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Chinese Gamesmanship and Namesmanship!

Popularity 2Viewed 2978 times 2015-6-15 15:12 |System category:News| Chinese

Well another term of school is almost over as the long summer holiday draws tantalizingly nearer. I’m not sure what the kids do during this time because as opposed to the holidays back home where you see school kids having fun everywhere you go the kids here were noticeable by their absence. No kids in parks, none wandering the streets, no juveniles getting up to shenanigans, nobody caught plastering graffiti over public walls, no delinquents challenging and harassing the elderly and certainly no kids feeling each other up in deserted alley ways or in closed school grounds! Refreshing in a way I suppose!


The newspapers in China a while back were going ape about the national basketball team having its worst result since 1975 in the Asian Championships. Why? Where were all the budding basketball players and Chinese sportsmen and women that performed so admirably in the Olympics? Well, if you must know they were all in private classrooms somewhere studying or learning something new. Certainly not outside enjoying themselves in the summer sun!


This unhealthy obsession to overindulge in study time and to hell with any physical activity is making the children of China into dull people if we are to apply the maxim of too much study and not enough fun makes Jack a dull boy. There is a form of PE in the schools, the most bizarre being eye exercises a couple of times a day. If the children really want exercise they enroll in martial arts and dancing classes outside the normal school times. They don’t form teams or “houses” as we do and there is a distinct lack of team work and the psychology of working, playing and competing in teams seems to be sadly lacking.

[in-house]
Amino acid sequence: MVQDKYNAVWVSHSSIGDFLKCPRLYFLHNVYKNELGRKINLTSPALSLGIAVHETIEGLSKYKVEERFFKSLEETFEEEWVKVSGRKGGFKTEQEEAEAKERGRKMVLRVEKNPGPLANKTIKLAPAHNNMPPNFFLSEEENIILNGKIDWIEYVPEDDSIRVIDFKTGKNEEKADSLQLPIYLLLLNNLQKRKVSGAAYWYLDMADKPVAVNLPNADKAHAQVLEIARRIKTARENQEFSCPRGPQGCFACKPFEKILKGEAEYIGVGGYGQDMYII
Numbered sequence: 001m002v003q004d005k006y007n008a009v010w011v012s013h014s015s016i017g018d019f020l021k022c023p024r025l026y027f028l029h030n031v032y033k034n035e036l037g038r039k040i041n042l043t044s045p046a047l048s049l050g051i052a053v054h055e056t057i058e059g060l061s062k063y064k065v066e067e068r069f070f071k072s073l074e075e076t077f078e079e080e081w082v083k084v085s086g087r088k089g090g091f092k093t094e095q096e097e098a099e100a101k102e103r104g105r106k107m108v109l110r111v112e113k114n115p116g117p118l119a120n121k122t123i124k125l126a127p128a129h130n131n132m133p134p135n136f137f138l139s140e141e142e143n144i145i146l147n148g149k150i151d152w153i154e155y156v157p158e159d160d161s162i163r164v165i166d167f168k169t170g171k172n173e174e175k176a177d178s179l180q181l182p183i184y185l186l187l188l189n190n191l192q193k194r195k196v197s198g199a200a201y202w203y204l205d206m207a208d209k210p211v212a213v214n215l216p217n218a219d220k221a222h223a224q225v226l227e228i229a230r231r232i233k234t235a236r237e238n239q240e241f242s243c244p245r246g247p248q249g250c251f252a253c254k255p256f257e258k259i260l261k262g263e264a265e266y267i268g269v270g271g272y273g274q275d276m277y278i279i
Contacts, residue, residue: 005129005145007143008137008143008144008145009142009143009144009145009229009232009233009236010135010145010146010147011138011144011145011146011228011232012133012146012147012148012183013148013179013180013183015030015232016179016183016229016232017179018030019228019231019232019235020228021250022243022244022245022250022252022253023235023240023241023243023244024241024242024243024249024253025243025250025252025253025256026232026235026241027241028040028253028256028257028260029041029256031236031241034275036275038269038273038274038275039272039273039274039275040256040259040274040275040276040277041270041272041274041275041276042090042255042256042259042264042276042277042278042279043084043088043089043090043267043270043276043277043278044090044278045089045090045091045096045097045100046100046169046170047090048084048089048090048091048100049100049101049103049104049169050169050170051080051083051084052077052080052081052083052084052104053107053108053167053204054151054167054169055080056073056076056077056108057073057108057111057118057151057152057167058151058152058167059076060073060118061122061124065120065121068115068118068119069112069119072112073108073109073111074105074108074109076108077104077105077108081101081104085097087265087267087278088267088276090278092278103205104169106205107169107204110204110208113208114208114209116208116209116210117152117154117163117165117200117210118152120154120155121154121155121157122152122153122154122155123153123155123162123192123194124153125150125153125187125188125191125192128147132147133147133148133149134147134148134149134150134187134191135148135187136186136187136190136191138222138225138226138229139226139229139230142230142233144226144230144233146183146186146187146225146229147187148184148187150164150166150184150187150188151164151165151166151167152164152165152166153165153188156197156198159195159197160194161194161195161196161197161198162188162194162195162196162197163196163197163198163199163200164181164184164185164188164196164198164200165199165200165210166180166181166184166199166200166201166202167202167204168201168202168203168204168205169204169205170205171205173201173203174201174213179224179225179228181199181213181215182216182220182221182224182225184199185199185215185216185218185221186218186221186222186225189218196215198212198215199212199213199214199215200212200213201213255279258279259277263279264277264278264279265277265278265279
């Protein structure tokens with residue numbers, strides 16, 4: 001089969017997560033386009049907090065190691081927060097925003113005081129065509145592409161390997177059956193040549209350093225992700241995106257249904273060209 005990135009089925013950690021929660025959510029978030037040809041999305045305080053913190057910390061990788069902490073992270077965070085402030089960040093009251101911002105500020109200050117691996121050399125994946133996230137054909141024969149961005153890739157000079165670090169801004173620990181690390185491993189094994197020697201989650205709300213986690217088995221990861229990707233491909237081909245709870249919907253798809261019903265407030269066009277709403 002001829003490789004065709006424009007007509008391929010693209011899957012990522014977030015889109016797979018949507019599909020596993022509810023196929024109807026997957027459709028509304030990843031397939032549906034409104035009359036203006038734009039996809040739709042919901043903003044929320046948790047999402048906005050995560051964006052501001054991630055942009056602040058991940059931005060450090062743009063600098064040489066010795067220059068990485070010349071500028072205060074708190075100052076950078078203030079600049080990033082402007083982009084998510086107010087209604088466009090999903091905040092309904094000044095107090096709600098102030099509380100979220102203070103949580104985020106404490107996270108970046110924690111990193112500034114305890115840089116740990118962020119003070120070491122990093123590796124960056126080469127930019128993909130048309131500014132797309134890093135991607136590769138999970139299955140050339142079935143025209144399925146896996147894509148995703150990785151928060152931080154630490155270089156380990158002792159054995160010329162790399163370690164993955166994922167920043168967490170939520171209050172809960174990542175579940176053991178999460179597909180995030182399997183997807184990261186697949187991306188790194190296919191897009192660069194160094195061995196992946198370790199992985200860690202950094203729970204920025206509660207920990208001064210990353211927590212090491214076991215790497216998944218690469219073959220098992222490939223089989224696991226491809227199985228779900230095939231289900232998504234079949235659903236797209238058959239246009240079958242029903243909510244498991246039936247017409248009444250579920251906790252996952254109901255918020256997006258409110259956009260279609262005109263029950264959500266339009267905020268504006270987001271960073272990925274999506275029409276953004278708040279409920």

In our English classes we form the kids into teams whenever we can, be it for spelling, sentence or grammar games but the concept of the kids working together as a team requires a bit of effort and explanation from the teacher. Chinese kids really like to individualize everything they do. I guess that might be a result of the one child policy as well because they have no need to share, frighten, fight with or be scared of a smaller or older sibling when growing up. The mothers and fathers of the current one and half generations are really different people than the kids they are raising! The fact that most of them had brothers and sisters would be a reasonable explanation.


And losing! Oh my, what wonderful little losers the kids are if they are beaten in a game that is of no importance, if they don’t score a 90+ mark in their tests, or provide a wrong answer to the teacher in front of other kids or just don’t know the answer to a simple question. Students bursting into tears in the classroom for any of these minor…..nothings….is not so rare a sight. Temper tantrums and refusal to play any games in the class is another way the kids elect to behave.  Funny thing about that is the other kids don’t ostracize any individual for this behavior, they just shrug, ignore and accept.